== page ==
There is good reason to suspect that the pandemic mainly affects those who have the least resistance because of the deprivation in which they are accustomed to work and live. Packed together in slums and lacking the hygiene and sanitation required to provide minimum health protection, it is clear that the instructions to exercise social distancing cannot be applied to the densely congested quarters of the labouring poor. Having learnt from bitter experience to endure segregation at periphery of society, they lack the space in their squalid and overcrowded shanties to avoid human contact. It will come as no surprise that the better-off castes and classes see these lowlife quarters as hot spots of the catastrophe that is round the corner. It is clear that the identification of this army of reserve labour as dangerous does not apply to their capability to upset the extremely skewed balance of power.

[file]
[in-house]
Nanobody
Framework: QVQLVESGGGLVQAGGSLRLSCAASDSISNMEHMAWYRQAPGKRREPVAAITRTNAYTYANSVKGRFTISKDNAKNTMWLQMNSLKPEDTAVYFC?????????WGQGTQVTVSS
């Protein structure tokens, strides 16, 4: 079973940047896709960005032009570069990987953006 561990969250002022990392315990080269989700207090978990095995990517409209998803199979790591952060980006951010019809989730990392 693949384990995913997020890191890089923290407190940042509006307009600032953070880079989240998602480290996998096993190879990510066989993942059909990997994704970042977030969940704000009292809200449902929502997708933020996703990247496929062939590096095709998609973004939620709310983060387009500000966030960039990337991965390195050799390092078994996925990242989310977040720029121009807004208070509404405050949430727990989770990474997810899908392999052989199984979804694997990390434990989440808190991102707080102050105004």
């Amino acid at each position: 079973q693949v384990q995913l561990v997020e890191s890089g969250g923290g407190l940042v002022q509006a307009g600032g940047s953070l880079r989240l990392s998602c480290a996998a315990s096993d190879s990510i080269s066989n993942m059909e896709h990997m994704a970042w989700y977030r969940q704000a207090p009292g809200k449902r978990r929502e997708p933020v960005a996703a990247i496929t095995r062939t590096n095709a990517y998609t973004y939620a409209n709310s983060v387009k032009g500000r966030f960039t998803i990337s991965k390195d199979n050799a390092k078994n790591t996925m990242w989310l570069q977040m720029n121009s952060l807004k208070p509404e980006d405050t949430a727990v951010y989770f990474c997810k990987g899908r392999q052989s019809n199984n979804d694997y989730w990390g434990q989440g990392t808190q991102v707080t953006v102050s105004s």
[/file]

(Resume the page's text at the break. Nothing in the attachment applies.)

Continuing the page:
So what menace does their marginal and often superfluous presence radiate? It is the risk of contagion with the impurity that festers in their ranks and from which the better-off classes must be protected. How and to what effect? This objective is achieved by forcing the fragmented mass into ongoing circulation, chasing them out from their abodes when needed, but also driving them back again to prevent their settlement wherever they go. Scattered over the countryside in communally embedded clusters pre-empts their living jointly in localities which would allow them common space to gather and indulge in concerted action which might destabilize the economic, social and political order that has been established. Home has become a sparse and poverty-stricken waiting room at the village margins or the city’s outskirts, a halt to pass the quarantine that keeps them isolated from the realms of civil society. Generated by today’s political economy, the lockdown on this mass in excess to regular demand was already imposed before the COVID-19 erupted and it is also meant to remain enforced long after the pandemic has worn itself out. To lift the erected barrier of exclusion and insist on their inclusion as a substantial part of the national citizenry in a frame of economic welfare, social emancipation, cultural plurality and political democracy is a forlorn ambit in the given situation of an authoritarian state driven by exceptional ethno-populism and a predatory mode of capitalism.